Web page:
Pace is Key
Of course you want your business to grow, but you don’t want it to spike and then slump, or grow and then plateau out. You want to set your business on a path of compounded growth. If you want big growth, you have to start small and be patient.
Choosing Activities for Your Marketing Plan
Identify Your Resources
There are many different marketing channels for growing your business. One of the first steps in choosing the right ones for your marketing plan is to take a look at your resources. Growing a small business, no matter how efficiently, requires time, effort, and money. What do your resources look like?
You may have the money to invest in a lot of marketing activities at once, but you need time to be able to maintain each strategy. You may have no money at all, but if you have the time to invest in low-cost marketing strategies, you can still grow your business efficiently. You may also have the time to try many strategies, but if you are unfamiliar with them, you have to factor in the added effort it requires to learn them.
Here are some examples of marketing channels according to what resources they require:
- Requires more money than time: SEM, display advertising, social media advertising, getting a professional website, email marketing
- Requires more time than money: Social media, blogging, SEO, influencer collaborations, events
Depending on how familiar you are with these platforms, the level of effort and therefore the amount of time they’ll take up will vary.
You don’t want to take on strategies that you can’t keep up with or maintain, and you don’t want to miss out on channels that make for easy leads. There is no exact formula, but taking a look at the time and money you have to invest in growing your business will help you to identify what activities will work best and grow your business most efficiently.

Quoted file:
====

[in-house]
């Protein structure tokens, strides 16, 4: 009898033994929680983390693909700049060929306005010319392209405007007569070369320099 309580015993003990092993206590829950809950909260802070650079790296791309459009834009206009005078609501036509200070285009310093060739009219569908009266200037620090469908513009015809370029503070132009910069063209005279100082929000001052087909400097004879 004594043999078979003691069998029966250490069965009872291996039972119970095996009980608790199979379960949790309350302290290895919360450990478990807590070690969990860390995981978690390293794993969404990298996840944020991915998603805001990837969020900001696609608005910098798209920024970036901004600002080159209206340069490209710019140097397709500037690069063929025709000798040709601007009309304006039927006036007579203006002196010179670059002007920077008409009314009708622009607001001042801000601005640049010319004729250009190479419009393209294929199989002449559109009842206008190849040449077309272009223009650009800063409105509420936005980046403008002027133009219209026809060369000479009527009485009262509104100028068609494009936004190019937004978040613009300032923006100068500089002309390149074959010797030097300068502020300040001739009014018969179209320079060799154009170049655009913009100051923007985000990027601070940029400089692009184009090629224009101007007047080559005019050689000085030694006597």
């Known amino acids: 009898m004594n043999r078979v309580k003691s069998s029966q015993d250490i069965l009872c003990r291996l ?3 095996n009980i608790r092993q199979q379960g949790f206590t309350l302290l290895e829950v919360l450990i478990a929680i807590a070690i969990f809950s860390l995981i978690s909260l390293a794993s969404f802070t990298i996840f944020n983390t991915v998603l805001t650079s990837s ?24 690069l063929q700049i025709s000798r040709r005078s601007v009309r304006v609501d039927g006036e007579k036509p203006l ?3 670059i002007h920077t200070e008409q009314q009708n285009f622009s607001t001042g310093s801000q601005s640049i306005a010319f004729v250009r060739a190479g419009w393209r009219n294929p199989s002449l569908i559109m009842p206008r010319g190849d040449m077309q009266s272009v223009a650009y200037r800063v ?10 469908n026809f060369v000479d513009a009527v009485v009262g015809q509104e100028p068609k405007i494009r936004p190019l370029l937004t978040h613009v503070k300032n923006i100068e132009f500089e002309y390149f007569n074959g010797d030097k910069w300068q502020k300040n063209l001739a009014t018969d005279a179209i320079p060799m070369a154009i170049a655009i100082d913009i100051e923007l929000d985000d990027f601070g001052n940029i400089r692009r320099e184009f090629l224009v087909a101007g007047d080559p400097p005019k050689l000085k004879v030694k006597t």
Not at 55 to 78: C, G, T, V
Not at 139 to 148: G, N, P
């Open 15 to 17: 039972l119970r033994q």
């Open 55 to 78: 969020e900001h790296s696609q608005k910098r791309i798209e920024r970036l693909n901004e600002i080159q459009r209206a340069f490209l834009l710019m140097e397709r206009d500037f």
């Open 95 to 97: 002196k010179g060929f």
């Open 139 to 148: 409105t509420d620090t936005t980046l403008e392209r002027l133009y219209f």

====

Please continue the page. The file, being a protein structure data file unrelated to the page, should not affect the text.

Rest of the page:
Get a Baseline
Another approach to developing your marketing plan is to identify your baseline. Take an inventory of your current marketing channels and strategies and gather as much quantifiable data about those channels as you can. You’ll want to look at historical data to see how those numbers change naturally month over month.
With this approach, your marketing plan can be based on increasing those numbers. You don’t have to know exactly how much to increase at first; as you track the data over time you’ll get a better feel for what to strive for. If you need to wait a month to let the data accumulate and to get more familiar with it, that’s okay too.
Examples of baseline data include:
Assess and Adjust Your Plan
After a month of carrying out your plan, check in on your data and see what you need to improve or adjust. Over time, you’ll start to see what to add in and what to eliminate, as well as to form realistic and measurable long-term marketing goals.
For more help with creating a marketing plan for your business, download our free eBook below: